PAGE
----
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Zimbabwe Urged to Craft Law For Curbing Cellphone Banking Fraud


Consultations ahead of Zimbabwe’s 2013 national budget continued Thursday with the Deposit Protection Corporation calling for legislation to control mobile phone companies that have ventured into banking operations to safeguard ordinary people from losing their hard-earned cash.

The corporation’s acting chief executive, Vusa Vuma, told a budget consultation meeting in Harare that banking operations by mobile phone companies are not regulated.

Vuma said: “Most of these operations have come into the banking system and yet there is no legislative framework for supervising mobile banking. We may in the long run face serious fraud issues if this situation continues.”

Vuma told the Parliamentary Budget, Finance and Investment Promotion Committee which hosted the meeting that at least $4 billion is circulating in the informal sector because people have lost confidence in the banking sector.

David Govere of the Business Council of Zimbabwe said the treasury should ensure that money realized from the sale of Marange diamonds benefits the nation.

He suggested that $30 million should be set aside for small and medium enterprises.

“Imagine what it will mean when we go to a Kimberley Process meeting and say $30 million of the diamond revenue has assisted a person in Dotito, Plumtree and Dulibadzimu,” Govere said.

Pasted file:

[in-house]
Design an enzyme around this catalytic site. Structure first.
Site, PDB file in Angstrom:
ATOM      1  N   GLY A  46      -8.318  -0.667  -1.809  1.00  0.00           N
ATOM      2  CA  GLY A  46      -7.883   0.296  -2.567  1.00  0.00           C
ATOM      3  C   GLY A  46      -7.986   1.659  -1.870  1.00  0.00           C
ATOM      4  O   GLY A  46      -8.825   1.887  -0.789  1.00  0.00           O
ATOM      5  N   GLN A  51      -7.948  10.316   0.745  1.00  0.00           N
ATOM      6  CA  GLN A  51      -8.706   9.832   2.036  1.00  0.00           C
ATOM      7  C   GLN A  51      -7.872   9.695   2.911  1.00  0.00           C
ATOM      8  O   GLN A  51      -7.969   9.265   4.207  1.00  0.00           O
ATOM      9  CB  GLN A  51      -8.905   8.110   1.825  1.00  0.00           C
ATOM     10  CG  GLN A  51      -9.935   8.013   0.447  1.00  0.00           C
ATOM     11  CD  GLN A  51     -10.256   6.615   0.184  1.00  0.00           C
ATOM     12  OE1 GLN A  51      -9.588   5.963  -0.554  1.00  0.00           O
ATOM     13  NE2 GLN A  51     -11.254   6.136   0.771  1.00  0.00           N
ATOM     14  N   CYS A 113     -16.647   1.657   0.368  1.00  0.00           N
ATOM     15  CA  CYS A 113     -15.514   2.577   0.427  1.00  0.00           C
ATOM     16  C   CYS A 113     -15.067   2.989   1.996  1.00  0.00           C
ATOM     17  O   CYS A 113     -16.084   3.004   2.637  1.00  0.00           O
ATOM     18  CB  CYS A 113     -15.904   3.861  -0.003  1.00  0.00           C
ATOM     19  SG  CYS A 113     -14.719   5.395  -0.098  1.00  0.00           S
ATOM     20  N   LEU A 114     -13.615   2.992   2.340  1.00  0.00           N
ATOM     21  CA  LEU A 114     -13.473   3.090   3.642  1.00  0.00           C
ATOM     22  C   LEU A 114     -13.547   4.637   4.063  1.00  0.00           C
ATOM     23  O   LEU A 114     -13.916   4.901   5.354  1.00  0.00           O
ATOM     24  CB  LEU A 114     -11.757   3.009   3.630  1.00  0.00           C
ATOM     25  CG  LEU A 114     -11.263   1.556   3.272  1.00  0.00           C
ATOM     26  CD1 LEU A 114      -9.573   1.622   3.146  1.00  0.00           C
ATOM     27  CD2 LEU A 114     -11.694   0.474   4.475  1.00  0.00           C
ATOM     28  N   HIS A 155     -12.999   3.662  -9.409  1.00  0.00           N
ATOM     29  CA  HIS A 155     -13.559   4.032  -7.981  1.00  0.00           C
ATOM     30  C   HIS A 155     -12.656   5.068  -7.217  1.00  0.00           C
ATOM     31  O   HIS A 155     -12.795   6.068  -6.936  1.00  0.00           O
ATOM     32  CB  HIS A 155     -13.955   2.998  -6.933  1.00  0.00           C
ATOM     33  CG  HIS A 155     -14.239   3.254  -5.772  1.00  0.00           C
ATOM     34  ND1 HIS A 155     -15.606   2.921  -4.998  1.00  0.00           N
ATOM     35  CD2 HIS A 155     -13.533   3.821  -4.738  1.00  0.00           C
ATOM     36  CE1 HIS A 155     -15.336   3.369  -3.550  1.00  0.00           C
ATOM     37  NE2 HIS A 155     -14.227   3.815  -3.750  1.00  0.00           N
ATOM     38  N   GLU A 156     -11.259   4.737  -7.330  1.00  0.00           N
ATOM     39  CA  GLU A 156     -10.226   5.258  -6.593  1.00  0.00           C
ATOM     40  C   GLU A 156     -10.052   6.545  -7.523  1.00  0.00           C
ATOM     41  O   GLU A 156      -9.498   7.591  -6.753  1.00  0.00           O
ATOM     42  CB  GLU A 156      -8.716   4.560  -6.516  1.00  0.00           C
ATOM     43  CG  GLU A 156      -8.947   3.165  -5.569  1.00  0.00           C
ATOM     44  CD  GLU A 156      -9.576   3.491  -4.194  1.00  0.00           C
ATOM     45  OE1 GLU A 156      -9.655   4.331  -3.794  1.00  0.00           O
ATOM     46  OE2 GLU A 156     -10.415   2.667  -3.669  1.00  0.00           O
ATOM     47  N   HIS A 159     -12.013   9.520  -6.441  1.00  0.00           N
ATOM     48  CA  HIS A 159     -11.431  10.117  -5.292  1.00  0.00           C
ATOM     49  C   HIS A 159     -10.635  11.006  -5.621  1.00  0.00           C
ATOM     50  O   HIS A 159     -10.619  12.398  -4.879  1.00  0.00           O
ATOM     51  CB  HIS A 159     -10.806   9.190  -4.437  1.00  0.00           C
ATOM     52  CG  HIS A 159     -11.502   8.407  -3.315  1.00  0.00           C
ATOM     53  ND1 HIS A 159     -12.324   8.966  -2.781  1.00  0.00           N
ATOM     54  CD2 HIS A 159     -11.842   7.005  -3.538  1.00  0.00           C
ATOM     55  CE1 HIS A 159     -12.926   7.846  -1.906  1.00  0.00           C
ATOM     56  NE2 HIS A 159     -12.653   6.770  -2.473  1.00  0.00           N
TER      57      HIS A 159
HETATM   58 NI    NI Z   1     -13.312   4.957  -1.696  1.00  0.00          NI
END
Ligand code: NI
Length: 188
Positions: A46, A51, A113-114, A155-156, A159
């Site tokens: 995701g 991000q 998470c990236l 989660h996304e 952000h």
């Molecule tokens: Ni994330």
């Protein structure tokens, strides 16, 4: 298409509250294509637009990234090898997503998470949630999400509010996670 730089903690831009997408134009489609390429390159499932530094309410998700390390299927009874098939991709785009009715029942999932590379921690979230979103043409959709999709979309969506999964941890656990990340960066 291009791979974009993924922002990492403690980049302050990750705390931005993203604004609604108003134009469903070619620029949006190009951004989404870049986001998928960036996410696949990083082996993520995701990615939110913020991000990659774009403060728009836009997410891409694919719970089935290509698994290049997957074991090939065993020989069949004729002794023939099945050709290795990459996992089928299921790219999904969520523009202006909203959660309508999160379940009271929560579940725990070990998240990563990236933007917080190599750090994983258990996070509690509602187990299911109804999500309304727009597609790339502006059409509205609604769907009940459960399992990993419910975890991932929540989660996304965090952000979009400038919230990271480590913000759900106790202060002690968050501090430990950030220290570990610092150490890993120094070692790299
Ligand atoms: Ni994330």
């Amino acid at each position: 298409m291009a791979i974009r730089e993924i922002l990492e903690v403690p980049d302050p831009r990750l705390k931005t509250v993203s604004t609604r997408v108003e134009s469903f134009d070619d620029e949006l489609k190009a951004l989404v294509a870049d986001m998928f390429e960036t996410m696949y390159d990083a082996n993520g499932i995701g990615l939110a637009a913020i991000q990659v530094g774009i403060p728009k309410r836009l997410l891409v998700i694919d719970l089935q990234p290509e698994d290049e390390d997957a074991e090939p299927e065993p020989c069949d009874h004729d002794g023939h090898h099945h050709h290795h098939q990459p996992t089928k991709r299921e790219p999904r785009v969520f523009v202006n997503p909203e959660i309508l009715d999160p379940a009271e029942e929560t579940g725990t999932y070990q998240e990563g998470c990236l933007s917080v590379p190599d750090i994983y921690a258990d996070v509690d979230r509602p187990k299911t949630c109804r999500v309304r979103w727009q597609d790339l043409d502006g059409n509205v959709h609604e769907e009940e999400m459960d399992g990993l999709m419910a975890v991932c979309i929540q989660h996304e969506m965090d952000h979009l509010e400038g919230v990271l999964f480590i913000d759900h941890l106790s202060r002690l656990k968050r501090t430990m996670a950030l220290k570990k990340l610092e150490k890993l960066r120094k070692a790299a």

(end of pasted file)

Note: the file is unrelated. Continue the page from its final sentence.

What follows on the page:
Other organizations that made submissions to the committee were the Zimbabwe National Chamber of Commerce and Buy Zimbabwe.

The two said the budgetary process must include a mandatory local procurement policy.

Others organizations called for the lowering of interest rates and protection of the local industry from cheap imports that have flooded the local market.

Parliamentary budget committee chairman Paddy Zhanda said the submissions would be useful in the drafting of the 2013 budget.

Prosper Chitambara, an economist with the Labor and Economic Development Research Institute of Zimbabwe, said these consultations are a positive development as they promote stakeholders’ interest in budgeting processes.

Chitambara said: “There is need to make sure that the budget is pro-poor and inclusive by allocating more resources to social sectors.”

The public meetings are designed to provide Finance Minister Tendai Biti with many options of formulating the national budget.

Such consultations have been done in the past but some critics say they have not benefited taxpayers.

Biti is scheduled to present the 2013 budget in parliament on November 15.

In a related development, Constitutional and Parliamentary Affairs Minister Eric Matinenga is quoted in the Herald newspaper as saying the controversial Constituency Development Fund (CDF), allegedly abused by some legislators, would not be accessible to lawmakers even if the money is contained in the 2013 national budget.

Constitutional and Parliamentary Affairs Secretary Virginia Mabhiza is quoted as saying: “For accountability purposes, we would rather advise to wait for the elections and start on a fresh slate. Some people may get away with murder if they are to receive CDF funds now and lose the next elections.”

Zhanda, who is also a Zanu PF’s Goromonzi legislator, believes that this is a bad move. “The CDF represented the fairest way of distributing capital throughout the country.”

He said only a tiny fraction of the 210 parliamentarians abused the funds and that there is a system that exposes such issues.


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